No charges after anti-terror raids
All 12 men arrested over a suspected bomb plot in the UK have now been released without charge by police.
Eleven - all Pakistani nationals - have been transferred to UK Borders Agency custody and face possible deportation.
Chief Constable of Greater Manchester Police Peter Fahy defended the "extremely complex" inquiry and said he was not "embarrassed or humiliated".
However, the Muslim Council of Britain said the government should admit it had made a mistake.
Prime Minister Gordon Brown's spokesman told reporters: "We are seeking to remove these individuals on grounds of national security.
"The government's highest priority is to protect public safety. Where a foreign national poses a threat to the country, we will seek to exclude or deport them where appropriate."
However, lawyers for the men point out that they have not been charged and are innocent of any crime.
Of the 12 men arrested in raids in Liverpool, Manchester and Clitheroe in Lancashire, 11 were Pakistani nationals, with 10 holding student visas. One was from Britain.
The Crown Prosecution Service decided there was insufficient evidence to press charges or hold them any longer.
Greater Manchester Police led the inquiry and Mr Fahy said: "I do not believe a mistake has been made.
"I do not feel embarrassed or humiliated about what we have done. We carried out our duty."
He added the fact the raids had to be brought forward after Metropolitan Police Assistant Commissioner Bob Quick accidentally revealed secret documents to photographers had not affected the outcome.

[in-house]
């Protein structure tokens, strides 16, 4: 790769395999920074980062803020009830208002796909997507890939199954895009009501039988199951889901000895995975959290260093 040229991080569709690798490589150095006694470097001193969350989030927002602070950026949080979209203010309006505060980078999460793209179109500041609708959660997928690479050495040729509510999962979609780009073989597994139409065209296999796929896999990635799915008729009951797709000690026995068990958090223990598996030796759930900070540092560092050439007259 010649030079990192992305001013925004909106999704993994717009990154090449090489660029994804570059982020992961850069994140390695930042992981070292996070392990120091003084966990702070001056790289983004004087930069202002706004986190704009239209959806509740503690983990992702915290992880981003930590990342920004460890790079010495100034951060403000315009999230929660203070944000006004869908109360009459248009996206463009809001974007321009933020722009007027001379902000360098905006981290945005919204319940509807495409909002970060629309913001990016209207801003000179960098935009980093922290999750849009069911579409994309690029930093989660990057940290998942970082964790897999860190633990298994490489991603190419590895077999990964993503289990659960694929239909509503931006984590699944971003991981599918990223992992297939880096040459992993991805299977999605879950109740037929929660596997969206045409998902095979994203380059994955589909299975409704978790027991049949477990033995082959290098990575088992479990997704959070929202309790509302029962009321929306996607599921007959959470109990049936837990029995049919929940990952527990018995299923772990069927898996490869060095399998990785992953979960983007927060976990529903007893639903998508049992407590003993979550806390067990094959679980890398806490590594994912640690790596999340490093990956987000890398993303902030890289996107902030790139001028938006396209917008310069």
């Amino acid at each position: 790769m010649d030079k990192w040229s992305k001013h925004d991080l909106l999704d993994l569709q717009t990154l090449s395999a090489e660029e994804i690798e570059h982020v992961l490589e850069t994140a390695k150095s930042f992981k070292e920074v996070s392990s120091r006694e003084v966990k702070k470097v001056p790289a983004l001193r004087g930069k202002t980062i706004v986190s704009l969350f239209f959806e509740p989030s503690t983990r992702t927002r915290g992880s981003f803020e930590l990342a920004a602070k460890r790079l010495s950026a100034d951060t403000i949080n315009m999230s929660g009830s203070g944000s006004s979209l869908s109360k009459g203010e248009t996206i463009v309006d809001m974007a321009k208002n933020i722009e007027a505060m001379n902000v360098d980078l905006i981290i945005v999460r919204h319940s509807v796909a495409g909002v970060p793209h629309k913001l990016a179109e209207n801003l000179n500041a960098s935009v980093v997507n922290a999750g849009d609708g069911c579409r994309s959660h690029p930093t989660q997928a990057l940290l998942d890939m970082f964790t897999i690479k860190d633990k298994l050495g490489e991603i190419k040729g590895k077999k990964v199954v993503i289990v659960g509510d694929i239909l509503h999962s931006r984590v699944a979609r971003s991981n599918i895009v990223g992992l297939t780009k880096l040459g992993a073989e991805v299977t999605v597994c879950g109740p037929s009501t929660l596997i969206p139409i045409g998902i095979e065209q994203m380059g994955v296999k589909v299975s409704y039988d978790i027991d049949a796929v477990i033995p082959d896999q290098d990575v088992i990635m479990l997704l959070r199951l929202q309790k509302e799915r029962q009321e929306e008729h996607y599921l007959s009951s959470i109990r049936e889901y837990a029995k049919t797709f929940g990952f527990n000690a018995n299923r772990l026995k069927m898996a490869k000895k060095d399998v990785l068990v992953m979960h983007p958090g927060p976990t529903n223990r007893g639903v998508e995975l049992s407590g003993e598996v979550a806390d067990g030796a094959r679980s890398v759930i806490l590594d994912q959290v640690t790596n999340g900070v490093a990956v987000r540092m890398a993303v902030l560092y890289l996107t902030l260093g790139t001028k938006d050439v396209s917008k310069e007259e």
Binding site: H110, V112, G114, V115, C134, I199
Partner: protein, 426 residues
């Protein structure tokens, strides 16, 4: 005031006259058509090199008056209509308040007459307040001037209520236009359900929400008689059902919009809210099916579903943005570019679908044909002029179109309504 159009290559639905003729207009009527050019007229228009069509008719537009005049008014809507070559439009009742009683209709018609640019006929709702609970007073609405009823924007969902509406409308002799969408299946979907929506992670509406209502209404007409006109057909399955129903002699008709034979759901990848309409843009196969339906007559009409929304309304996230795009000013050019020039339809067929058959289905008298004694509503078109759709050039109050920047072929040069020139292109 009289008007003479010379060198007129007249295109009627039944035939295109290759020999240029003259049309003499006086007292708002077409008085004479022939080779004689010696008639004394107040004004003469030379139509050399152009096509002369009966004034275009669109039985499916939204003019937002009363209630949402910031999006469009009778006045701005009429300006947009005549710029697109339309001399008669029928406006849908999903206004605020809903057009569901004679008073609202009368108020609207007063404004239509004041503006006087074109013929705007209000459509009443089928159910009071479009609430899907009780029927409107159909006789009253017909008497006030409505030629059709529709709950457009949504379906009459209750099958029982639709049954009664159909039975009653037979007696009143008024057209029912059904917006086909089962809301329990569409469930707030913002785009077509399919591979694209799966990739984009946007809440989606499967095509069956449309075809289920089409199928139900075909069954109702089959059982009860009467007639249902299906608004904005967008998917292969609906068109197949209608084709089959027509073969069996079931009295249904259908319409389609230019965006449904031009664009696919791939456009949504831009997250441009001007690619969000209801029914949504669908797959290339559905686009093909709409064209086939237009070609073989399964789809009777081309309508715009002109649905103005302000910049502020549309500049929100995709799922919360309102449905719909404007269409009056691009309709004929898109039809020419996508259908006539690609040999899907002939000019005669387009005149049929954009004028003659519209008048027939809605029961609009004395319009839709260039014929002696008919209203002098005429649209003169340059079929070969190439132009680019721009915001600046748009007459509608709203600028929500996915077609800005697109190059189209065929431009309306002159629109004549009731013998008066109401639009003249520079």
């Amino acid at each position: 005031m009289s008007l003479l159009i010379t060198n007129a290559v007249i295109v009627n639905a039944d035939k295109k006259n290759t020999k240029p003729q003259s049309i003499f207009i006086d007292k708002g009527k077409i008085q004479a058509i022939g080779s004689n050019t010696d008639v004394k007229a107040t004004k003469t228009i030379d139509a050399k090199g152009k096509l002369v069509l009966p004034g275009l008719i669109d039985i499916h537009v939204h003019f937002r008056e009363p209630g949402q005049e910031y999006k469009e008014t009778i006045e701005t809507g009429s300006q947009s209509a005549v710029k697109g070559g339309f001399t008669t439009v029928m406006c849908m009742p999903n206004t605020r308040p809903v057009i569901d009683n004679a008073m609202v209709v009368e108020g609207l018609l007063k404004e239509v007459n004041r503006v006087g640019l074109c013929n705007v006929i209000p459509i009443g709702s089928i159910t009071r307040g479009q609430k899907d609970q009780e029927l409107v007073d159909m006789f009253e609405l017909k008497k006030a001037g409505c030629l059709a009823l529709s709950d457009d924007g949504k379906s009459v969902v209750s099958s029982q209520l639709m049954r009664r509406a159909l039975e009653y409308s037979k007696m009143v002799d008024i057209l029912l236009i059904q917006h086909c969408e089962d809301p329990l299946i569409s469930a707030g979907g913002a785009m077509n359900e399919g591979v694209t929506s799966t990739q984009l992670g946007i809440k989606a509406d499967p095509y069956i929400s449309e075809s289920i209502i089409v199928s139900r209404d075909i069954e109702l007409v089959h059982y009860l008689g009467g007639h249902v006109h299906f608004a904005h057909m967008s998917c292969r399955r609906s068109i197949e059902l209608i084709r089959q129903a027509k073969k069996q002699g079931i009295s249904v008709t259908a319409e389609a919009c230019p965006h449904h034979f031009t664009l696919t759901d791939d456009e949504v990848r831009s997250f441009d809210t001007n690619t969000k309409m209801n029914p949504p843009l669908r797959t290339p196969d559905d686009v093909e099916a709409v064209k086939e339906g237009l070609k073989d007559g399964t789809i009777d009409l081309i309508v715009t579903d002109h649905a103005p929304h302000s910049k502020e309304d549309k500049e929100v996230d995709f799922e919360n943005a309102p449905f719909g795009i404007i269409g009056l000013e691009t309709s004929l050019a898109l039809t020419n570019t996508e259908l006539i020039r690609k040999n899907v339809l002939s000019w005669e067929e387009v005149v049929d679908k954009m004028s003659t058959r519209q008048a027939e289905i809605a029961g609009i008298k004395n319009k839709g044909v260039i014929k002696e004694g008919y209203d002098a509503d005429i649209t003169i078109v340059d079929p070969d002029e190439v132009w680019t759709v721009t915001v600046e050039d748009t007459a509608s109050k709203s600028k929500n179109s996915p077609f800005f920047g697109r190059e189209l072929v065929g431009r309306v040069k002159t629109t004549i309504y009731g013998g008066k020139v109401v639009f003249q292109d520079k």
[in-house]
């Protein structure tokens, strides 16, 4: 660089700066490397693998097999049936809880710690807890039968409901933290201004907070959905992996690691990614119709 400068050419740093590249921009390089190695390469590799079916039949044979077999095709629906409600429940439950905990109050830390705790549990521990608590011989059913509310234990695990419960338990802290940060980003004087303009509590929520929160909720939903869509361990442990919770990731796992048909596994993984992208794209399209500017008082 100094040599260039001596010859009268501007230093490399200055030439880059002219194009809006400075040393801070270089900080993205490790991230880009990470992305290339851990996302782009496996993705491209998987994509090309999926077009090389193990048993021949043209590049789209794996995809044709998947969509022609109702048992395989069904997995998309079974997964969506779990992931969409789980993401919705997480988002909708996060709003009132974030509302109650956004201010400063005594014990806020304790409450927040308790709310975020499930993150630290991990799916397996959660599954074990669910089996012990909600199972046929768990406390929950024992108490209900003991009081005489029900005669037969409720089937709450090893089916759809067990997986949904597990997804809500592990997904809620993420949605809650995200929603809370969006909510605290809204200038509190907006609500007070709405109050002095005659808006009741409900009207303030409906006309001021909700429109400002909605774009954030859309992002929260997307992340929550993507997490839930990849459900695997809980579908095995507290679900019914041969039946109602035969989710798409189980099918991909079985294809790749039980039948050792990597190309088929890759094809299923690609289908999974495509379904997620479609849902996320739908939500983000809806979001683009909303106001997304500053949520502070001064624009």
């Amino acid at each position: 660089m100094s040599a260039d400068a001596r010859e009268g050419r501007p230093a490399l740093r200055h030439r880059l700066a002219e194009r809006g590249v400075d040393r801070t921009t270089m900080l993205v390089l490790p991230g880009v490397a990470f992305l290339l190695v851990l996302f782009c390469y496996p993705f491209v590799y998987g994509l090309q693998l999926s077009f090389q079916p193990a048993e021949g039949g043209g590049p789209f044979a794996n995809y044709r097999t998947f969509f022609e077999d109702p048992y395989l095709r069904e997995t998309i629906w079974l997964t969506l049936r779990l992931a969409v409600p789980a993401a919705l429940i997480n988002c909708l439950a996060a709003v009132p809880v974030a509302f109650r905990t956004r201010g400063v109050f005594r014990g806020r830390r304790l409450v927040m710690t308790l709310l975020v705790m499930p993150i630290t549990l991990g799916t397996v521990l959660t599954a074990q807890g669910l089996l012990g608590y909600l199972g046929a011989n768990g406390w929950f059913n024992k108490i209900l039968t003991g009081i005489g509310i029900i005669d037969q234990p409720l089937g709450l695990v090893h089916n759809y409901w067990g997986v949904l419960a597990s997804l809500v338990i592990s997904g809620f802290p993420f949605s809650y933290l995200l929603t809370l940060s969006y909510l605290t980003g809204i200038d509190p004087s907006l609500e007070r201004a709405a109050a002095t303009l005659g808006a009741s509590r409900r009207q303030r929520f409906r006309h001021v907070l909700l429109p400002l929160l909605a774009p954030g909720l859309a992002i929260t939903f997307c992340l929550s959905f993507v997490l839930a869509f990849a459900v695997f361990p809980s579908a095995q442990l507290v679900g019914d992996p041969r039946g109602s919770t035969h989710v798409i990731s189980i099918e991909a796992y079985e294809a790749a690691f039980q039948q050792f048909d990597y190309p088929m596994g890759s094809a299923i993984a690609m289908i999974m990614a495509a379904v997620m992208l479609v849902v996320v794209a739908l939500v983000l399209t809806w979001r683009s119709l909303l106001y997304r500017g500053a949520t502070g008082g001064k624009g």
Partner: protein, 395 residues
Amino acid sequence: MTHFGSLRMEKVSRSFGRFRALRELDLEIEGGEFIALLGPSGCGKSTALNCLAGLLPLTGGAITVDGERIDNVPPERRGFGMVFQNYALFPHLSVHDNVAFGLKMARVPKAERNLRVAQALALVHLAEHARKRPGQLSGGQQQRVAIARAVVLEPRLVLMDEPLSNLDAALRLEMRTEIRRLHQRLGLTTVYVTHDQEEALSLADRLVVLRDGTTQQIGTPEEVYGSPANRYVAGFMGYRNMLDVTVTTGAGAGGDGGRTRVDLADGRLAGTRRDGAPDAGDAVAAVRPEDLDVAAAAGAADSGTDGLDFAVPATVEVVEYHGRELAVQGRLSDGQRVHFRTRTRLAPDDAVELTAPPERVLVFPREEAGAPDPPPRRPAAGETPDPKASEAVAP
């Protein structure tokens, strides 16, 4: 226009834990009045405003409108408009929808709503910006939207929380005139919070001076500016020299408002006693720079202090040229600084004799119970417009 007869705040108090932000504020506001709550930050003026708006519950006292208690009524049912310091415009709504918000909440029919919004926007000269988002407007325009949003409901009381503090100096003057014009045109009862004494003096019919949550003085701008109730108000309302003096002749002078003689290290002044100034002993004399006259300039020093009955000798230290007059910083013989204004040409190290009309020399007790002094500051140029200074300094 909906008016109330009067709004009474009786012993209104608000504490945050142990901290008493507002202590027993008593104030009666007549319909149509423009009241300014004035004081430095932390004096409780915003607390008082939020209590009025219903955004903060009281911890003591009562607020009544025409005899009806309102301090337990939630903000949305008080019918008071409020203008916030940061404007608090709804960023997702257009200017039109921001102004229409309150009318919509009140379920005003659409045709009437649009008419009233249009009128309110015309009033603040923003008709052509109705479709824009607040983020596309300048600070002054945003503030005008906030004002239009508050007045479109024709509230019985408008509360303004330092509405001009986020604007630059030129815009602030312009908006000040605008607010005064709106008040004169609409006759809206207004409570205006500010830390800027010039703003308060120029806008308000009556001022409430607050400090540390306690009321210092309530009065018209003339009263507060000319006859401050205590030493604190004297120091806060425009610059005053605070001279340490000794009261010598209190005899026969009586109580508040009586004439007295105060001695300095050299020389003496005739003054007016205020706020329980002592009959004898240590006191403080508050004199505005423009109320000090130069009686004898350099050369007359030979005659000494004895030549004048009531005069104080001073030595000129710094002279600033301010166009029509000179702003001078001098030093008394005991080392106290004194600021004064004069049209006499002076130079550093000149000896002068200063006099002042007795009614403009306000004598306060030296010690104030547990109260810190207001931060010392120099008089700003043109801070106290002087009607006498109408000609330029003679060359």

Lawyer Mohammed Ayub, who is representing three of the men, said in a statement: "After 13 days in custody, during which no evidence of any wrongdoing was disclosed, they have now been released without charge.
"Our clients have no criminal History
, they were here lawfully on student visas and all were pursuing their studies and working part-time. Our clients are neither extremists nor terrorists."
Inayat Bunglawala, of the Muslim Council of Britain, said the government had been "dishonourable" over the way it had dealt with the men.
Mr Bunglawala told the BBC that when the arrests "took place in very dramatic circumstances of students being arrested at university and thrown to the floor" the public had been assured the men posed a serious threat.
He said it was unacceptable for the government to make these sorts of prejudicial remarks from the outset and then, having found insufficient evidence to bring charges, to deport the men anyway.
"Politics should not be interfering with what is primarily a legal process," he said.
"What we don't want is people becoming cynical as a result of politician's premature remarks and thinking: 'well, that's what they said last time'."
BBC security correspondent Gordon Corera said: "I think there will be a sense of a need to learn some lessons from this is in terms of public presentation."
Assistant Commissioner Quick - the UK's most senior counter-terrorism officer - quit his post a day after the operation.
However, Home Secretary Jacqui Smith told MPs on Monday the error had not damaged the operation and the only impact had been that the raids had been brought forward "by a matter of hours". THE BBC